Daily Planet Staff Photo

Goombay gala entertains

The 31st annual Goombay Festival was held Aug. 24-26 on the Block, the city’s historic African-American business district at Eagle and Market streets in downtown Ashville. The celebration of African-Caribbean ancestry is intended to bring together everybody — and not just people of color. Features included dance lessons (above), a parade, live music, arts and crafts, drum-

ming and a variety of goods. About 25,000 people were expected for the gala. This year’s focus was on youth enrichment. Reportedly, the Goombay-style gatherings began in Bermuda during the era of slavery, with participants drawing on rhythms and music from Africa and the West Indies. Early dancers used a drum called a “gombey,” meaning rhythm.

99% of Americans unprepared (and don’t care), group told By JOHN NORTH

john@ashevilledailyplanet.com

FORT MILL, S.C. — Despite repeated and increasingly numerous catastrophic weather events around the United States and threats of an economic collapse, terrorism and another world war based on Middle East tensions, most Americans are experiencing “cognitive dissonance,” believing that “something that bad can’t happen” to them. At least that was the viewpoint of Steven Nolan, who spoke during Charlotte PrepCon on July 14. “Americans are narcissists ... Ninety-nine percent of Americans are totally unprepared” for a catastrophe — “nor do they care,” Nolan told the crowd of about 500 people at The Pointe Arts & Rec Center, adjoining the Charlotte Knights Stadium. Among the attendees were about a dozen residents of the four-county Asheville metro area. On the positive side, he complimented “the one percent” of the population, including those attending the preppers conference, for their interest and efforts. Nolan’s presentation, “Thinking the Unthinkable: Life After an EMP (electromagnetic pulse) Event,” told of what he could be a return for Americans to a lifestyle from several centuries earlier. Noland is co-founder of SurvivalWeek. com, a daily news aggregator monitoring more than 100 websites daily featuring more than 10,000 articles, practical tips and breaking news serving the prepper community. Nolan also is publisher of The Beacon, a monthly eMagazine dedicated to likeminded Americans interested in becoming more self-reliant. In addition he is the author of the “Thinking the Unthinkable” series of white papers. He began by asking, “How many of you knew we had one (an EMP event) last Thursday (July 12)?” Specifically, Nolan said the “event” was a solar flare, and — fortunately — its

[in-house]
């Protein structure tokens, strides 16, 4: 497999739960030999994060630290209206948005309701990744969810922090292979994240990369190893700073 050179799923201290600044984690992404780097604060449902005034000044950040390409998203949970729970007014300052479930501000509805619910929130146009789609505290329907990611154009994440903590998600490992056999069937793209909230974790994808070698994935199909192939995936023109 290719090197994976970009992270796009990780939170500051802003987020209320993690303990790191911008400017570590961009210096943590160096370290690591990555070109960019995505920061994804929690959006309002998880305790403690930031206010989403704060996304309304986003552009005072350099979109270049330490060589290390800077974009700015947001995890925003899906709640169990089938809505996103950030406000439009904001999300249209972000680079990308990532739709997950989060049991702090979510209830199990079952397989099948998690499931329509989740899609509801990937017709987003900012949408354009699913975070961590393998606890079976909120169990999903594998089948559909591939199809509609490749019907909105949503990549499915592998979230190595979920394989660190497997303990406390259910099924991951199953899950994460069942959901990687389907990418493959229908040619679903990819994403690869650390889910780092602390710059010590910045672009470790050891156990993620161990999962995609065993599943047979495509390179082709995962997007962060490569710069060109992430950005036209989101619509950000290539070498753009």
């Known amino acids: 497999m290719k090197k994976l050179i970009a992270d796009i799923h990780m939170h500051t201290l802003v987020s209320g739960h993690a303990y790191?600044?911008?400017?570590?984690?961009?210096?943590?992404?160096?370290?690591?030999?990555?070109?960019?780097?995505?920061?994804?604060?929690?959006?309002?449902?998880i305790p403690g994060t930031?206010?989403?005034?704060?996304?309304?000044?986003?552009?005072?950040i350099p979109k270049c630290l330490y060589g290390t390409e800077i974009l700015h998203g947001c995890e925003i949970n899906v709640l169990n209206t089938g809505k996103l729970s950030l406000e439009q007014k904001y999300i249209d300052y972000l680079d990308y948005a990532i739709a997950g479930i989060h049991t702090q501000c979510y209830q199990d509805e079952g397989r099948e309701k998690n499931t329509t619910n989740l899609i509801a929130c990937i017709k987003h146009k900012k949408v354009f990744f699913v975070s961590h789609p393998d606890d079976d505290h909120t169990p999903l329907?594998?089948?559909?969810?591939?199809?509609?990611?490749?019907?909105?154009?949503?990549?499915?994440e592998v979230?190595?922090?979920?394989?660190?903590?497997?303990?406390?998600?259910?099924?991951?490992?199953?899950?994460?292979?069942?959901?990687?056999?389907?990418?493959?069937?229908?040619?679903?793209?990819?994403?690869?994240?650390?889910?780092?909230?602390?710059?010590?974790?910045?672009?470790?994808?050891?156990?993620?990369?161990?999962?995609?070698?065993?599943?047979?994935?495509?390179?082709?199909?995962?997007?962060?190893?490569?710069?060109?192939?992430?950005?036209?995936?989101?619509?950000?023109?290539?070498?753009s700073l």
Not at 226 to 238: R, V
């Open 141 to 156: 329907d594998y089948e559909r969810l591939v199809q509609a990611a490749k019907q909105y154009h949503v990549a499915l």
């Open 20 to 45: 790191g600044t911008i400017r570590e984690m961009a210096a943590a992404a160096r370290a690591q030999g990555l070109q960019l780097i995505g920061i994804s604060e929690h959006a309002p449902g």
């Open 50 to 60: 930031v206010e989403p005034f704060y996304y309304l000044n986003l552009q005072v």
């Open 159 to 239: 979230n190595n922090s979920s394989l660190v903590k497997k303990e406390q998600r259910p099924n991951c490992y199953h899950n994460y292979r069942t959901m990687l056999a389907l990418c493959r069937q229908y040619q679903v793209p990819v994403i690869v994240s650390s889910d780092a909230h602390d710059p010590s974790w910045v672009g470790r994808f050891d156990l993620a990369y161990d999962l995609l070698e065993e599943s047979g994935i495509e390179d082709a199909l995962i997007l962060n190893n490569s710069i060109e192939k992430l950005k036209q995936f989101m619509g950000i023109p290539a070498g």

the atmosphere above the earth — and fries the circuits in all digital devices. The ramifications of an EMP attack are “what keep me up at night,” Nolan said. “Iran — they could put a scud missile in a boat off the coast” and explode it over the U.S., sending the America back to the 18th century, with no electrical grid and barely any technology that would still function. During an EMP attack, “airplanes are just going to drop out of the sky” as their engines are rendered inoperable, “and most cars will die on the road.” For those pre-digital vehicles still running, “it takes gasoline to run gas pumps,” so fuel will be hard to obtain. Besides Iran, he also worried about EMP attacks from other enemies, including North Korea, China, Russia and “terrorists in general.” If the grid goes down, Nolan predicted, many people will die because one percent of Americans feeds the other 99 percent.” And today’s agriculture, he noted, is based on high-tech equipment that no longer will work. “The train system is computer-based,” as are many other mass transit systems, so chaos will ensue, he said. With a high-altitude EMP attack, a long-term power outage could take years to restore, especially since “all the equipment is made in China.” As a prepper, he added, “I try to make sure my car always has at least threefourths of a tank of gas,” to give him flexibility if catastrophe hits. “The average American only keeps three weeks of food in the house and three days of water,” Nolan lamented. “People get testy when they can’t feed their families.” Under cataclysmic conditions, “the breakdown of society occurs in a matter of days. When you can’t buy anything, people will start looking” at what their neighbors have. “What about prisons? Do you do the humane thing and let them (the inmates) out?” Armed gangs will take over in many cases and “the bottom line is you don’t want to do it (try to survive) alone,” Nolan